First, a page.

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Part Four


Birds' Occupations

This world is full of busy folk:
Of workers, great and small,
From Man and beast to fleet-winged birds
And tiny things that crawl.

All labor hard their food to find,--
To build their houses, too;
The birds have occupations---like
The tasks men have to do.

The robin is a potter,
And makes a cup of clay;
Within, without, he plasters it
With softest grass or hay.

Neat litfie mattress-makers
The chipping sparrows are;
Their children lie on beds of hair,
The nearest ones by far.

The vireos make baskets,
Just large enough to hold
Their darling little babies,
Away from harm and cold.

The kingbirds and the catbirds
Scrap-baskets like to make;
Newspaper bits and letters old
Occasionally they take.

The phoebes build 'neath bridges
Or under sheltering eaves;
A moss-filled hanging-basket
The pure white eggs receives.

The humming-bird and wood pewee
Make cups with lichens decked;
Bold Rubythroat avoids his home--
Perhaps he'd be henpecked!

The woodpeckers are carpenters;
They hammer on a tree,
And with their strong bills bore deep holes;
The chips fly steadily.

The kingfishers build tunnels;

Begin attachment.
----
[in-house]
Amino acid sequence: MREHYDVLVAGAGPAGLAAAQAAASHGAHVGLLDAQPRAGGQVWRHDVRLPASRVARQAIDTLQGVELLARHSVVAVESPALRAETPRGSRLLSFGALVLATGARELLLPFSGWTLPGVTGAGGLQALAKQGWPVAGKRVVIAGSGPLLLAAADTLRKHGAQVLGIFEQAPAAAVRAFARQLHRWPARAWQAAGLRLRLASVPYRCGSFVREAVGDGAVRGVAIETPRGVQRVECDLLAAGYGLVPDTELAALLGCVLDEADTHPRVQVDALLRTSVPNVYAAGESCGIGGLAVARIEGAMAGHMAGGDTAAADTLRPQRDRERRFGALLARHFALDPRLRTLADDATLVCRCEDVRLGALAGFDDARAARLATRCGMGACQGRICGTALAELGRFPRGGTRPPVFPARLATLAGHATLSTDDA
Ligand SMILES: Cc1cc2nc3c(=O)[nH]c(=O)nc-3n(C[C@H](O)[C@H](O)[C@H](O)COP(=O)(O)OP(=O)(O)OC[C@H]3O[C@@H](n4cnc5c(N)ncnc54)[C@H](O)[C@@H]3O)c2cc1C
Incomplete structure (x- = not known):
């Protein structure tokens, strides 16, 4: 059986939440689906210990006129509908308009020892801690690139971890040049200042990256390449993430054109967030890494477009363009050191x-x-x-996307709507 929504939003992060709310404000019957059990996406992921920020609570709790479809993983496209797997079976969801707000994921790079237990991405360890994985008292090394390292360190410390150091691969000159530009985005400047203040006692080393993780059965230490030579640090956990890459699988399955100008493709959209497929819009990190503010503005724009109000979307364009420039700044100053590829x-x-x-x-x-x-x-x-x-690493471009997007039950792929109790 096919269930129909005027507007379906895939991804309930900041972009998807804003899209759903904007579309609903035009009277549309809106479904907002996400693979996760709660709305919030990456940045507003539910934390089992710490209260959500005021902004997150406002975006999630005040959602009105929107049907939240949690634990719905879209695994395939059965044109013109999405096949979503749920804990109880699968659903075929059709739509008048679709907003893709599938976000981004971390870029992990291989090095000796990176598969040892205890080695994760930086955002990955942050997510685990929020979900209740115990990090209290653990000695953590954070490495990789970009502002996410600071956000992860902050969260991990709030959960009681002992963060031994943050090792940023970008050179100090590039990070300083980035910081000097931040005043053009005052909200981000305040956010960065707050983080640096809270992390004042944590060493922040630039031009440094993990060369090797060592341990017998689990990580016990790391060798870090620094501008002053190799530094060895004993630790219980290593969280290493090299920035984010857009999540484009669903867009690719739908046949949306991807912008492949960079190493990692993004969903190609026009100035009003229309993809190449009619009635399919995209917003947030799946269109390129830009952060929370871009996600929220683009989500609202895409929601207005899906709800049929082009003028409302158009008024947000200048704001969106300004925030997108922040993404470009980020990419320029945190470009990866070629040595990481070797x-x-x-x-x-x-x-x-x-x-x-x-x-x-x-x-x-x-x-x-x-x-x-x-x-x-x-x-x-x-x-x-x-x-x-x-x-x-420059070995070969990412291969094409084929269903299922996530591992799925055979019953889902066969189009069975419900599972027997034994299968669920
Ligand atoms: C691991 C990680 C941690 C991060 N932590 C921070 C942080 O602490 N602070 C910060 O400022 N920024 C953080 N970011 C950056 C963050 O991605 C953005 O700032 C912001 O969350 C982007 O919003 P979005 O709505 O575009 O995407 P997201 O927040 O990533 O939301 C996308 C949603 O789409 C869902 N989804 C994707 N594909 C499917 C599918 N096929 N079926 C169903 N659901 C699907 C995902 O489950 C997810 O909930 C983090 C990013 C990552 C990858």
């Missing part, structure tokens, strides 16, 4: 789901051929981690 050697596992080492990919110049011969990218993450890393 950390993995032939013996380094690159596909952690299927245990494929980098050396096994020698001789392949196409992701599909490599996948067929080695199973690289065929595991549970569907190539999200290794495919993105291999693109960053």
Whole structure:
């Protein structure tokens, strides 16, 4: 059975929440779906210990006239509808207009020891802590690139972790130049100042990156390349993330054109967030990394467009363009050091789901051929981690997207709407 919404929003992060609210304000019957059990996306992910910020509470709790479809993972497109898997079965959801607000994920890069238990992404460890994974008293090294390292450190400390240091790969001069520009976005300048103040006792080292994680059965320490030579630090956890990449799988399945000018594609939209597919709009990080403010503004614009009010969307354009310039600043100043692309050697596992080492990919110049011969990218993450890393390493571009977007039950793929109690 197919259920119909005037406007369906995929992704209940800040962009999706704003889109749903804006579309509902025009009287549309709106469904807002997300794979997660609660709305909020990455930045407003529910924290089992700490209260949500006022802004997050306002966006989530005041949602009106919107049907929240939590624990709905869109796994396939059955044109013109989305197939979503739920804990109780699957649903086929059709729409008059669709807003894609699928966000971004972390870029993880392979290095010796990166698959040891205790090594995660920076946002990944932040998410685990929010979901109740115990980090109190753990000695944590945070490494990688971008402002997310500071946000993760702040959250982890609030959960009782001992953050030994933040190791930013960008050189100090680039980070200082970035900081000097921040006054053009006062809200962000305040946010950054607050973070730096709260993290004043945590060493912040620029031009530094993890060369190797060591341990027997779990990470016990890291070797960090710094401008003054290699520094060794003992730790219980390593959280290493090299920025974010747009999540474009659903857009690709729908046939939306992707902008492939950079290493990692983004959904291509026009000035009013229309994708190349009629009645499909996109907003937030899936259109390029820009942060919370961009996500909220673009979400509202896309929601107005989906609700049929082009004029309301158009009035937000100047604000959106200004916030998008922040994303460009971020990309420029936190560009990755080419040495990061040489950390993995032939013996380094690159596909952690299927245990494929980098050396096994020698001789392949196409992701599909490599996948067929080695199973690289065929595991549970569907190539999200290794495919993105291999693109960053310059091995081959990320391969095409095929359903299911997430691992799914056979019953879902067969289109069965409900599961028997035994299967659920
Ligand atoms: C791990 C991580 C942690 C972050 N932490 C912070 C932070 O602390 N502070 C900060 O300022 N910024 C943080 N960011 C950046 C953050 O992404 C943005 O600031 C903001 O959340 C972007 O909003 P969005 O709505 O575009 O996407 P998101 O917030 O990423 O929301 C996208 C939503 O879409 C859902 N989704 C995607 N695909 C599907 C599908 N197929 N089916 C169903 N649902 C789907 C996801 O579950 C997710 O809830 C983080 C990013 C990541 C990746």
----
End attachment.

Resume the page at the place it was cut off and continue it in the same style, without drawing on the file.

Their children, in a row,
Run forward and run backward
As fast as they can go.

The mourning doves build platforms
From which they "bill and coo;"
As orators they do not shine,--
Poor singers are they, too.

Flamingoes build tall chimneys
On which their nests they place;
Their long slim legs are folded up
Like knife-blades in a case.

The oven-birds are bakers,
And in their ovens warm
The tiny little babies
Are sheltered from the storm.

The shrike's a naughty butcher;
He catches little mice,
Impales them on a thorn to die,
Then eats them in a trice.

The partridge is a drummer;
Just hear him boom and drum!
You'd think that he was telling
The soldier-boys to come.

The swallows and the chimney swifts
Good masons seem to be;
Their bills like trowels, plaster mud
Or glue sticks carefully.

Sweet Madam Oriole weaves a bag
And hangs it in a tree;
Her needle is her bill, with which
She labors skillfully.

The best of all housekeepers
Is tidy Jenny Wren;
She makes a home of anything
That comes within her ken.

Bob White and Mr. Meadow Lark
Good farmers try to be,
And build their homes out in the fields,--
Great Nature's granary.

       *         *         *         *         *

The bird-world's full of busy folk
In field and bush and tree;
And people, too, must find their work
To meet life happily.


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